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Old 2004-02-14, 12:27   #1
Erasmus
 
Feb 2004

2310 Posts
Default A Proposal for searching Recurrence Series Primes

Hi to everyone,

I am interested in searching the general properties of recurrence series, generally
u(1)=p
u(2)=q
u(n+1)=u(n) + u(n-1)
where p and q are either 1 or prime.
Famous examples of them are Fibonacci and Lucas numbers. We already know that there is no proof of finiteness of these numbers being prime.
For now Fibonacci primality has been tested above n=400,000 already. I am both interested in relation degree higher than 3.

The problem can be generalised as a function of f(p1,p2,...,pk,k) where k initial elements are stated and recurrence is developed as follows
u(n+1) = SUM( u(n), u(n-1), ... , u(n+1-k) )

For the moment, my first challenge is to observe the behaviour of Fibonacci-like series with starting elements being changed. I am trying to construct frequency tables for prime numbers among the series, and extract relations between series in terms of primality and factors.

What i have as a problem is the increasing # of digits and my insufficient programming skills. Also i may be short of information about this subject.

Is there anyone that can help or advise some further thoughts for this proposal. Or any known programs that can be used/modified easily to use in this search. My questions may be a little confusing, if somebody is interested, all questions/criticisms are welcome!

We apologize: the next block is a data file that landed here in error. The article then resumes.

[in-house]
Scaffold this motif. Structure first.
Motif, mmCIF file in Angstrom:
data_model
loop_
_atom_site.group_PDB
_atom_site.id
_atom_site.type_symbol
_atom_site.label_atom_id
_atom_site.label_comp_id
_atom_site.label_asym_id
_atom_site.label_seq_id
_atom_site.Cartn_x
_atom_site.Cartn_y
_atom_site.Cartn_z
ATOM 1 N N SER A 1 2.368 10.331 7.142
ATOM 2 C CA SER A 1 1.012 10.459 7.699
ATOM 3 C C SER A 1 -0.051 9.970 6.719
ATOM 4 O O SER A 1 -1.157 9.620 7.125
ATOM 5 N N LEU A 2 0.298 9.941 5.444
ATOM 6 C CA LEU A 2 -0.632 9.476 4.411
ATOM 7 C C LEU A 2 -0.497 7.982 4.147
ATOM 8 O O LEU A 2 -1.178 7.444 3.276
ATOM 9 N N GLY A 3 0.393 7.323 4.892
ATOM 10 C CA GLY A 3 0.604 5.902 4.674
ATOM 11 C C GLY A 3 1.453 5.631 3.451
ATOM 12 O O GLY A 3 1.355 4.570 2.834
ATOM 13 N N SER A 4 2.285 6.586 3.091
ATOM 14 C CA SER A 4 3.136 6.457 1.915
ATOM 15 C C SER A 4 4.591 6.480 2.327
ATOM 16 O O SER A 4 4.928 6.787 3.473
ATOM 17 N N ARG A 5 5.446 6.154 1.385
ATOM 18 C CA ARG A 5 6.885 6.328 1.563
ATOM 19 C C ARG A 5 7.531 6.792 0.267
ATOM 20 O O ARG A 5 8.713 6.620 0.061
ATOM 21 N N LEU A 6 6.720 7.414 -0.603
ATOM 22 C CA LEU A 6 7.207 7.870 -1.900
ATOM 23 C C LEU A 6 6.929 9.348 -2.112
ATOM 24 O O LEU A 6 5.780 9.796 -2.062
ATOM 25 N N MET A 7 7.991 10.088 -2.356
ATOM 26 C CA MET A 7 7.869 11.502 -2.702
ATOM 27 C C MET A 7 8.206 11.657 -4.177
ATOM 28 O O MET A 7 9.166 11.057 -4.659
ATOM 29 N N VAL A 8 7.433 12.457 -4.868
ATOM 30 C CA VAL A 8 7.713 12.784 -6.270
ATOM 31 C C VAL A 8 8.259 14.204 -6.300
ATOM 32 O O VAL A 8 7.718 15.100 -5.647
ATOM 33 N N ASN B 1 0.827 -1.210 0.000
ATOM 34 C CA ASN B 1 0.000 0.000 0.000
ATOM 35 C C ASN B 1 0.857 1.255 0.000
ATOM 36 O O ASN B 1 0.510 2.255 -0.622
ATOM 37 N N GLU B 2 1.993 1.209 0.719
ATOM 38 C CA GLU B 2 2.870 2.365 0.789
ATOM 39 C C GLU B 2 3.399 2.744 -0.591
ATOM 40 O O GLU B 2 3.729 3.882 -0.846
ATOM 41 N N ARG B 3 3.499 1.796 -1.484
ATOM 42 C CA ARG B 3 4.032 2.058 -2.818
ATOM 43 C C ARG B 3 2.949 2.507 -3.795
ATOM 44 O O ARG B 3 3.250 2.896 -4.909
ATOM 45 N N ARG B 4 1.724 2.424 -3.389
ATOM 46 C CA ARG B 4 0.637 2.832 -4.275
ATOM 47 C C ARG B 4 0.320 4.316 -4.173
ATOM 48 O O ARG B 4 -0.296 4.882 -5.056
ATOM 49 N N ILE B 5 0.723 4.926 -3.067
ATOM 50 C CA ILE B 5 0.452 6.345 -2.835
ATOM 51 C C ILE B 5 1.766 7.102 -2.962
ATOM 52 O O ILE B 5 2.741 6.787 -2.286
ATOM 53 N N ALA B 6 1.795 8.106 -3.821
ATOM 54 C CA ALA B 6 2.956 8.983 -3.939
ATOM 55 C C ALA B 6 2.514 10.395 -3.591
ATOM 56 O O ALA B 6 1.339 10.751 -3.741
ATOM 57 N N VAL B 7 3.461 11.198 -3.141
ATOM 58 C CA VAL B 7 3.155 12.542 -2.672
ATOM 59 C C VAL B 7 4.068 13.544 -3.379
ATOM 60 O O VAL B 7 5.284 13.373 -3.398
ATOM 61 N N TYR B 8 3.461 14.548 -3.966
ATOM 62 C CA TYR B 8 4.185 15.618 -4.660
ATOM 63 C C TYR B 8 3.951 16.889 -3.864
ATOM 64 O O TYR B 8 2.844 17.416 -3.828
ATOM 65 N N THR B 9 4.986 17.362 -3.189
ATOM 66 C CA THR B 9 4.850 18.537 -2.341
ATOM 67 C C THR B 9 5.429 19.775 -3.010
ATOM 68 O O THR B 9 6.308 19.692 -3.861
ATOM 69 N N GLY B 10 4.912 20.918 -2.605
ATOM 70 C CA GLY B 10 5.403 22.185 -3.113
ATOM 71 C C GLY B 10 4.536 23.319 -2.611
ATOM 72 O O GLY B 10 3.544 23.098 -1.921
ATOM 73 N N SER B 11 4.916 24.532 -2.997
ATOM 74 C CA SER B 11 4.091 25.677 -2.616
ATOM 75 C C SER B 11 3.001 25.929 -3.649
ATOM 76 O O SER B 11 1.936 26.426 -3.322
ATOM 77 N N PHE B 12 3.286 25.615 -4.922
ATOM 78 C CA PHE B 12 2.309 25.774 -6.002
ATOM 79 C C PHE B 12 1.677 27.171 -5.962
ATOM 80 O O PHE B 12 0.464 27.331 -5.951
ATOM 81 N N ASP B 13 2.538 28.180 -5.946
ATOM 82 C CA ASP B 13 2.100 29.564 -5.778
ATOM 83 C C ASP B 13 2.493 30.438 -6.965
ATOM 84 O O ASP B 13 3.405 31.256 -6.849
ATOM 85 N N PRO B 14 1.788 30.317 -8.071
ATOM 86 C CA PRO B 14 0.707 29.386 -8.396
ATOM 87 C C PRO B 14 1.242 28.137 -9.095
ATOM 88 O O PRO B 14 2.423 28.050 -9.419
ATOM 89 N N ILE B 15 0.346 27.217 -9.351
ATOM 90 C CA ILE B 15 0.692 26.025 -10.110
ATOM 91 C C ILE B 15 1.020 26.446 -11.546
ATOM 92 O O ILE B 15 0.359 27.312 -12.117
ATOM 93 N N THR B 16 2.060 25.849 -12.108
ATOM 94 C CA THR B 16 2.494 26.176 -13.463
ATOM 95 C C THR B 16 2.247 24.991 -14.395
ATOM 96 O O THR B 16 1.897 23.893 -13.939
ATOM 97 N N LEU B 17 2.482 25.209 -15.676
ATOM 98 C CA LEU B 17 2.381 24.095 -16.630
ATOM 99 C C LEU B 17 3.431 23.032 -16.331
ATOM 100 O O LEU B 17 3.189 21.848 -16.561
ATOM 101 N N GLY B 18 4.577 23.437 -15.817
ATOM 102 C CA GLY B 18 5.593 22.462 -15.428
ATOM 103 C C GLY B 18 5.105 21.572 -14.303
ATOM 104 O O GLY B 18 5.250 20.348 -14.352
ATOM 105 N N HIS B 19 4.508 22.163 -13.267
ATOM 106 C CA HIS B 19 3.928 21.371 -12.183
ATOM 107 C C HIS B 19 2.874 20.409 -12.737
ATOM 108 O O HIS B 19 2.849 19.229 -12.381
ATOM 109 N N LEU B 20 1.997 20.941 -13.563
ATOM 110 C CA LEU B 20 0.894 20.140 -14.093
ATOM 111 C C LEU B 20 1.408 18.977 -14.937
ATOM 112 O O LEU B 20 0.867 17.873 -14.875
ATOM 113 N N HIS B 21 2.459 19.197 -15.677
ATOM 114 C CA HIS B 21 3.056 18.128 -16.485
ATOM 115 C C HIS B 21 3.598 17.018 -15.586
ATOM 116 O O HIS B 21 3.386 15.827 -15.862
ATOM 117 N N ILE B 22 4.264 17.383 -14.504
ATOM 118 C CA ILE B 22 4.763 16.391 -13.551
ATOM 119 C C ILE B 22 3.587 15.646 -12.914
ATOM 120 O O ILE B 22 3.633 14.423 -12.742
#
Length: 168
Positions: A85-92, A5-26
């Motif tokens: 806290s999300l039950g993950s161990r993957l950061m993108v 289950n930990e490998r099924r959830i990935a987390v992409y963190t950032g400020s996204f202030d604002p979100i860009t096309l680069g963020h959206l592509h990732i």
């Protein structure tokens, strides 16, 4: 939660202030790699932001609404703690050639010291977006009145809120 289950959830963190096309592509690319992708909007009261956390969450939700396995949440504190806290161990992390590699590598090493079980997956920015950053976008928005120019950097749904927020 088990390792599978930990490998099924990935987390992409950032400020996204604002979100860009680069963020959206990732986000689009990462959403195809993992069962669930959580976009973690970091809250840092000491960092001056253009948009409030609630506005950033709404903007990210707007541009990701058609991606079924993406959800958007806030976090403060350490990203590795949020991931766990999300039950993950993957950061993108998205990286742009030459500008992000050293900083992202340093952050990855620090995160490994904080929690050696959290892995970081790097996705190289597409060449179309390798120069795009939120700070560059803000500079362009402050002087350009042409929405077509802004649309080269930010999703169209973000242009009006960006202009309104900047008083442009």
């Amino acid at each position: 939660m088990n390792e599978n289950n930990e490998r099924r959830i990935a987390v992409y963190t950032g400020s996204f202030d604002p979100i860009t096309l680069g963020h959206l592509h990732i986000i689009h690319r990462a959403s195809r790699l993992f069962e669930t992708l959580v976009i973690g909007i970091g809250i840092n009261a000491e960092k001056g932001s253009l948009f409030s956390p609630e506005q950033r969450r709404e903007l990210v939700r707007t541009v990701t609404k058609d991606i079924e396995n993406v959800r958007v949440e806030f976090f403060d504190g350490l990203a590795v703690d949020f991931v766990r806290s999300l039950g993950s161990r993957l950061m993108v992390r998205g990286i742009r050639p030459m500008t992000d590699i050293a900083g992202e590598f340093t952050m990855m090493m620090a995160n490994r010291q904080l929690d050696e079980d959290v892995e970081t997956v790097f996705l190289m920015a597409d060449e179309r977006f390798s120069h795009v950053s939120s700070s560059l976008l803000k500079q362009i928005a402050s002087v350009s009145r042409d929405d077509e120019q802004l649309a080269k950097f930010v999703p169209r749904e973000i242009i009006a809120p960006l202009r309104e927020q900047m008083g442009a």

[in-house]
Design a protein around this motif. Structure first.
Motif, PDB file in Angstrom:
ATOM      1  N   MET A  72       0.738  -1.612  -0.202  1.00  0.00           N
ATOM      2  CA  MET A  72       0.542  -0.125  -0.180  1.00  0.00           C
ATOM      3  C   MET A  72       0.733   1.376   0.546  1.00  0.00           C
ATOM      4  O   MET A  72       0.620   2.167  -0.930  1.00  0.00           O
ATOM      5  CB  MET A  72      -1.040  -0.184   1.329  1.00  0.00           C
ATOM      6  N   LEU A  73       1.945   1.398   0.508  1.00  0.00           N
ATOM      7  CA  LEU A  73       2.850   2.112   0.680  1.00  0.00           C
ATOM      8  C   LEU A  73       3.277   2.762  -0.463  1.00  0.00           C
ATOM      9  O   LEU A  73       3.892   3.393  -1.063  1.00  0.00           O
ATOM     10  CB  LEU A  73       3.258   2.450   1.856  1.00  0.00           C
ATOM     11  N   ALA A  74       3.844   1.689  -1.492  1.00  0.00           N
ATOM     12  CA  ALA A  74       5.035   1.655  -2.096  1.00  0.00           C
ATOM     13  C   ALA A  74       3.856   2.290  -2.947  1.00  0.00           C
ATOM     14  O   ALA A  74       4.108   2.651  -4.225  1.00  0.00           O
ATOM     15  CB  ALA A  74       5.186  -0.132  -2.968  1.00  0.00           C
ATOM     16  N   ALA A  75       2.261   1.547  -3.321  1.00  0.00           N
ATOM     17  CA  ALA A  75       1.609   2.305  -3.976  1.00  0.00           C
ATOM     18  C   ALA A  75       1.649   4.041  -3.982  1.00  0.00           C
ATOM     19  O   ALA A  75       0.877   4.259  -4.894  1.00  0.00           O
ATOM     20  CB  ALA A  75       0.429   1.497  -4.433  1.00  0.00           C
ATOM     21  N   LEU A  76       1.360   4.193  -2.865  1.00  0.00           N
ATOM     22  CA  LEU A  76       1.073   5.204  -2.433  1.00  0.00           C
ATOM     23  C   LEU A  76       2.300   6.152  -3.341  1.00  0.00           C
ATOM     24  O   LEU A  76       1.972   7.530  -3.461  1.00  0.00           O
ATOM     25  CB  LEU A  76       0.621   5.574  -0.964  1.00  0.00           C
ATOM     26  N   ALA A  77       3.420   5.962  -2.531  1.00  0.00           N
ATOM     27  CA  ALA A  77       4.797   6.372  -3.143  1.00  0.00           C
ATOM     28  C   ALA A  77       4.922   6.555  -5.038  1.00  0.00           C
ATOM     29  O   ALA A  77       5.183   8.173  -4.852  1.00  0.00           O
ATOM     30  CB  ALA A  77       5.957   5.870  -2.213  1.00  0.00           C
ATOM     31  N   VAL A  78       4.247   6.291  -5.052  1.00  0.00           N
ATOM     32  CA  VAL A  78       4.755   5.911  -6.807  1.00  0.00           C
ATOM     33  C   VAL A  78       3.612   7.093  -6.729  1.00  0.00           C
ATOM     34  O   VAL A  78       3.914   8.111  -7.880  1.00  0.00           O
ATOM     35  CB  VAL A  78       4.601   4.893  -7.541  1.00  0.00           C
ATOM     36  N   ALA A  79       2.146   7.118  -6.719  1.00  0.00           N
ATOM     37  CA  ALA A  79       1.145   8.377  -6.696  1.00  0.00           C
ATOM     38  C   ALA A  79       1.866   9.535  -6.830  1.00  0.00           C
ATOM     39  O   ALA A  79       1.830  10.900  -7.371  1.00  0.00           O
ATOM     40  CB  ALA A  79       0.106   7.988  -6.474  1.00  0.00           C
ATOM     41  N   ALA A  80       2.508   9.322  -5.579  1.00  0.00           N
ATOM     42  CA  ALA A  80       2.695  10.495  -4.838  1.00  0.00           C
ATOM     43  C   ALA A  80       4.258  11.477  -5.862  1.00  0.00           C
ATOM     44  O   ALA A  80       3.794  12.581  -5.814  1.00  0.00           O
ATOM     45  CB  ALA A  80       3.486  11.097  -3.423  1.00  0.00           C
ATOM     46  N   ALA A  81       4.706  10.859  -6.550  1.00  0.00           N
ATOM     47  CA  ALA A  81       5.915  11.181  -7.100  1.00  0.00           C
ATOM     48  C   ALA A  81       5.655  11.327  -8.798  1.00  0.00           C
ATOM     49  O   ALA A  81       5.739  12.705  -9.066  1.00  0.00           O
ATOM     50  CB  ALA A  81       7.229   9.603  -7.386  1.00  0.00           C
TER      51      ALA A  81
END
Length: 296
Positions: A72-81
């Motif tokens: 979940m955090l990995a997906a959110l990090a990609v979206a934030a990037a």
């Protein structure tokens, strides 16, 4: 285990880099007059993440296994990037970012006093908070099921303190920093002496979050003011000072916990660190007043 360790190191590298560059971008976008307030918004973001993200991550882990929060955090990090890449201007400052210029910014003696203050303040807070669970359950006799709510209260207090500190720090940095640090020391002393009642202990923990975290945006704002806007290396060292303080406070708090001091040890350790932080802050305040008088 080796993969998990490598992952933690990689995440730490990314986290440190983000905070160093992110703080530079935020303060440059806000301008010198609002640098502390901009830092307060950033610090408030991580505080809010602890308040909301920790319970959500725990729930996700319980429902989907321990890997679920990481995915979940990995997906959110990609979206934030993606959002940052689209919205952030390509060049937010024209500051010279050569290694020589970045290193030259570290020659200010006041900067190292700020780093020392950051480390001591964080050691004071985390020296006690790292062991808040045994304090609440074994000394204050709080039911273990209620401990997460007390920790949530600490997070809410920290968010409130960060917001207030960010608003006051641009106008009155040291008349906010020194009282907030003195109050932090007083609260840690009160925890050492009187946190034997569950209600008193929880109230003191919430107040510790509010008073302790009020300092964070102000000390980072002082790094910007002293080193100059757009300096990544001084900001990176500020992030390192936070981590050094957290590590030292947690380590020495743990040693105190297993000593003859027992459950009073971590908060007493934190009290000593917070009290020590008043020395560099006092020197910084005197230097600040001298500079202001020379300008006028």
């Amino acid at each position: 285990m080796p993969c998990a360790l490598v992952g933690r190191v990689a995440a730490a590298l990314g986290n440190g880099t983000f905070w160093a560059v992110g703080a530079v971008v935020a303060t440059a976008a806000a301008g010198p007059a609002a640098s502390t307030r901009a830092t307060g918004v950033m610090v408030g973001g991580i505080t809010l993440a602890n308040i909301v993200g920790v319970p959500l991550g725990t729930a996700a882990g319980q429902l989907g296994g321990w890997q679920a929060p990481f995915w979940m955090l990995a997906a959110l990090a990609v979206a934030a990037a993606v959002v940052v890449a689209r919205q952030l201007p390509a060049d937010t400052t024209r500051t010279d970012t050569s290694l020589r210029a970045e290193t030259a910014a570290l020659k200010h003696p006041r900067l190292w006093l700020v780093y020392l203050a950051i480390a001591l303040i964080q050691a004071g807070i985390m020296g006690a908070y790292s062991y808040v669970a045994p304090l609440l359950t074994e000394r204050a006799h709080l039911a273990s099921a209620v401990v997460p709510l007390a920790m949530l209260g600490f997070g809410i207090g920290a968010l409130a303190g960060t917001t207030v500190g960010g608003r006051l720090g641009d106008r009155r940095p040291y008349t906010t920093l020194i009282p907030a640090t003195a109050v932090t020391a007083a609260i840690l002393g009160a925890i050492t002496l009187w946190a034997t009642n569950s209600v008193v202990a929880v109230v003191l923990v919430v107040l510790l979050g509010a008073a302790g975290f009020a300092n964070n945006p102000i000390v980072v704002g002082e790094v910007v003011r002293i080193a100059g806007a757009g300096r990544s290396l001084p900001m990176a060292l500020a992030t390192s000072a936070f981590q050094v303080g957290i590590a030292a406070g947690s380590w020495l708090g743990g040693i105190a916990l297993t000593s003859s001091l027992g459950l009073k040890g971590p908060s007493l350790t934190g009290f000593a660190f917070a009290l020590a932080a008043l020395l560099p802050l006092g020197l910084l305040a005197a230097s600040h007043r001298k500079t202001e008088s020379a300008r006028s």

Bye
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Old 2004-04-22, 15:55   #2
mfgoode
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Jan 2004
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Default Tribonacci/Tetranacci series and so on.

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Old 2004-04-22, 16:40   #3
mfgoode
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Default Tribonacci/tetranacc series and so on

Do you mean the tribonacci numbers 1,1,2,4,7,13,24,44,81...(summing of 3 terms) and related series like Lucas series?
It has been shown that the ratio between adjacent numbers as the sequence grows converges on 0.5436890125... the root of the cubic
x^3+x^2 +x-1=0

This series can be generalised by summing four terms (tetranacci numbers), five terms, 6 terms and so on.
In all such sequences the ratio of adjacent terms converges to a limit.
As the number of terms to be summed increases the limiting ratio gets smaller approaching 0.5 as a limit.

In a generalised Fibonacci sequence if the first two no.s are divisible by a prime then all its no.s are divisible by the same prime. This sequence will contain a finite no. of primes.

If the first two nos. are co prime (have no common diviser) the generalised
sequence can contain no primes.
There are infinitely many such sequences but the one with the smallest two starting no.s starts with 34 digit no.s!
Mally.
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Old 2004-05-14, 09:26   #4
Erasmus
 
Feb 2004

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Default

Thanks Mally, I appreciate for these infos.
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